Bahamas: A New Government & New National Budget

A NEW GOVERNMENT was elected on 10 May 2017 in national elections for The Bahamas Parliament. This year marks the 288th year of continuous parliamentary democracy in The Bahamas based on the Westminster model. Independent since 1973, The Bahamas is a member of the Commonwealth of Nations and Queen Elizabeth II remains its ceremonial Head of State. The country has a bicameral parliament with an elected lower house, currently comprised of 39 seats. The upper house, the Senate, is composed of appointed members.

The Free National Movement (FNM) ousted the previously governing Progressive Liberal Party (PLP) winning an unprecedented majority of 35 of the seats in the lower house, with the PLP winning the remaining 4 seats. Hon Dr Hubert Alexander Minnis, leader of the FNM, is now the Prime Minister, being the fourth since Independence.

On Wednesday 31 May 2017 the new government tabled the national budget for the fiscal year 01 July 2017 – 30 June 2018. The last Wednesday of May each year, by tradition, is 'Budget Day' when the national budget is presented to Parliament, opening the budget debate for voting and passing by the end of June, in time for the start of a new fiscal year, which runs 01 July to 30 June.

In his budget address, the Minister of Finance, Hon Peter Turnquest, stated the Government's commitment to several pro-business objectives, including transparency and accountability, reform to the business and regulatory environment to promote entrepreneurship and economic growth, reducing burdensome taxes, and legislation to streamline procedures and improve the ease of doing business.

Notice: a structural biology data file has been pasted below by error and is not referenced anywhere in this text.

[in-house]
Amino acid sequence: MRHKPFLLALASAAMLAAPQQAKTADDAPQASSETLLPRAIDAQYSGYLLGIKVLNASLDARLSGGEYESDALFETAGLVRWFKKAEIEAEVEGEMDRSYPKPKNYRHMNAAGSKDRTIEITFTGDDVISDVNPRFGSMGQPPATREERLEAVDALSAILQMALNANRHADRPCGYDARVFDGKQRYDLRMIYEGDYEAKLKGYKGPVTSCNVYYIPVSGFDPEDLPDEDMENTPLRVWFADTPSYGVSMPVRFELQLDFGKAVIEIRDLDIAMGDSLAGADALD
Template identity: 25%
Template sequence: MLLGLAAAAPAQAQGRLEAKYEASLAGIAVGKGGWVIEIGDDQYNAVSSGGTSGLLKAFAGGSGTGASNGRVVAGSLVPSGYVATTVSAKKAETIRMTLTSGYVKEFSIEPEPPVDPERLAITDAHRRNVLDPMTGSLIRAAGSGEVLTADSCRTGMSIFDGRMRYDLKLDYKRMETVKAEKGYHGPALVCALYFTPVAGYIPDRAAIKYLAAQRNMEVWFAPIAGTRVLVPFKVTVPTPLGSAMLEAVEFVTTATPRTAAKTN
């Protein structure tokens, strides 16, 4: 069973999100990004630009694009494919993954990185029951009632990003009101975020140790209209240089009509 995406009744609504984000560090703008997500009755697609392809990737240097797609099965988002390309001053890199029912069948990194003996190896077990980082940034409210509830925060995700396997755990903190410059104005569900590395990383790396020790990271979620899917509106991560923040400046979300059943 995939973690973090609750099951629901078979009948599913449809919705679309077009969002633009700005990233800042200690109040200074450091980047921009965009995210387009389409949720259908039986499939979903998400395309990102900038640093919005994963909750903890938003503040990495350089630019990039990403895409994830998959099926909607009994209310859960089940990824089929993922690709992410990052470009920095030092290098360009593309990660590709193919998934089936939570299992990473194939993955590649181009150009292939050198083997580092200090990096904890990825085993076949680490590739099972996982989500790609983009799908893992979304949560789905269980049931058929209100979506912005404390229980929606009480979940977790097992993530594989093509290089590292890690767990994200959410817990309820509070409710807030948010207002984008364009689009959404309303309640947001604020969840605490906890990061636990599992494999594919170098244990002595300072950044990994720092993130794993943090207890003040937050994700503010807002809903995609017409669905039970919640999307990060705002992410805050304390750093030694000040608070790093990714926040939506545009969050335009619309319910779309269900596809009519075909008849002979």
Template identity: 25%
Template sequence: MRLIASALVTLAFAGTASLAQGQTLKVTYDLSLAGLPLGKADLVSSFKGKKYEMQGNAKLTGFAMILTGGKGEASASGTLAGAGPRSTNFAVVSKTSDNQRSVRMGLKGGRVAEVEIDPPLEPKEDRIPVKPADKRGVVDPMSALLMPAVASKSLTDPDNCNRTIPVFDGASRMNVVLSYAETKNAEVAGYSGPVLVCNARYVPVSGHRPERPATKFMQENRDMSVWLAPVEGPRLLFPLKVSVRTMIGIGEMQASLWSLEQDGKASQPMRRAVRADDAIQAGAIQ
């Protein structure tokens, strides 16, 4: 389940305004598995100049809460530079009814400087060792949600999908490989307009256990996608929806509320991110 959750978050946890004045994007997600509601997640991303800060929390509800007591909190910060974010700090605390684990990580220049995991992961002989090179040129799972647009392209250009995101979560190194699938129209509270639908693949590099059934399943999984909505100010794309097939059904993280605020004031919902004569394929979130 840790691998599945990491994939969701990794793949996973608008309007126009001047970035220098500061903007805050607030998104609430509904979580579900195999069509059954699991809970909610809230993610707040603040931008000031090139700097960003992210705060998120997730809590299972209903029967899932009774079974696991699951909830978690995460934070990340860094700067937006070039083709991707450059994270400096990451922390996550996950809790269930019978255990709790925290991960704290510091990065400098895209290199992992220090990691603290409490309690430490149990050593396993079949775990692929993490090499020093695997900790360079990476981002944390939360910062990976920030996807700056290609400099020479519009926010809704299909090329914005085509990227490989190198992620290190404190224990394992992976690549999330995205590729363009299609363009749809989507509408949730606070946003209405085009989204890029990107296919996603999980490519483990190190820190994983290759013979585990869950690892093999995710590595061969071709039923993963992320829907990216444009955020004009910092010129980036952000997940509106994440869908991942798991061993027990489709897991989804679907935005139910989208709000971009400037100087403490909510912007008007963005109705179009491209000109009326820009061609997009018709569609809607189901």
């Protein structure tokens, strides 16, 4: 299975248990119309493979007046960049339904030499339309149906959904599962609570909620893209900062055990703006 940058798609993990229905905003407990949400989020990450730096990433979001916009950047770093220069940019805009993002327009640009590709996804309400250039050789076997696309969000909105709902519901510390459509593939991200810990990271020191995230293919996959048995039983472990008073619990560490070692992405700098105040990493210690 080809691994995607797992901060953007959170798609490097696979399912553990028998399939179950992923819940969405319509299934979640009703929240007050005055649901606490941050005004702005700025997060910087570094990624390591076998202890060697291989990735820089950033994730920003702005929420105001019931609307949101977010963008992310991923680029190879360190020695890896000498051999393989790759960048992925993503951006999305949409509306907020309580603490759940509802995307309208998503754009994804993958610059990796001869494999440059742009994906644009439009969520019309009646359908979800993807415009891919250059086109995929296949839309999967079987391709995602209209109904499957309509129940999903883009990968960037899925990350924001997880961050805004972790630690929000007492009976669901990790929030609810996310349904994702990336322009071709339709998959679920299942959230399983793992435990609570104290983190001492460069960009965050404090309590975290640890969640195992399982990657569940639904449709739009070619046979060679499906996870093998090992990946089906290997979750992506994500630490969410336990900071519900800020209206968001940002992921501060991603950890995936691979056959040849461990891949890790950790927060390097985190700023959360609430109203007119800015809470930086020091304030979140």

Of particular interest to our business clientele, briefly, aspects of the national budget include:

  • No new taxes;
  • Reduction in the business licence tax by 25 basis points of turnover;
  • Elimination of customs duties on a specified range of medical and dental supplies;
  • Elimination or reduction of customs duties on certain food items, specified building materials, and specified personal care and household items; and
  • Customs duty exemption on equipment and machinery for ground repair, maintenance and service of cruise ships and sea vessels.

A more detailed report on the budget legislation as relevant to our business and financial services clientele will be provided in our next Legal Update.

Bahamas to Sign AEOI Multilateral Convention

On 29 May 2017 the Government of The Bahamas announced1 an intention to sign the multilateral convention of the OECD2 for the implementation of Automatic Exchange of Information ("AEOI"). That convention is the Multilateral Convention on the Mutual Administrative Assistance in Tax Matters ("Multilateral Convention"). Since 2014 The Bahamas had committed to adopting the AEOI Common Reporting Standard ("CRS"). The stated intention, then, was that The Bahamas would implement CRS by the end of 2018 through individually negotiated bilateral treaties with other countries. This recent announcement represents an important revision as to the mode of AEOI implementation by The Bahamas.

What is the effect of CRS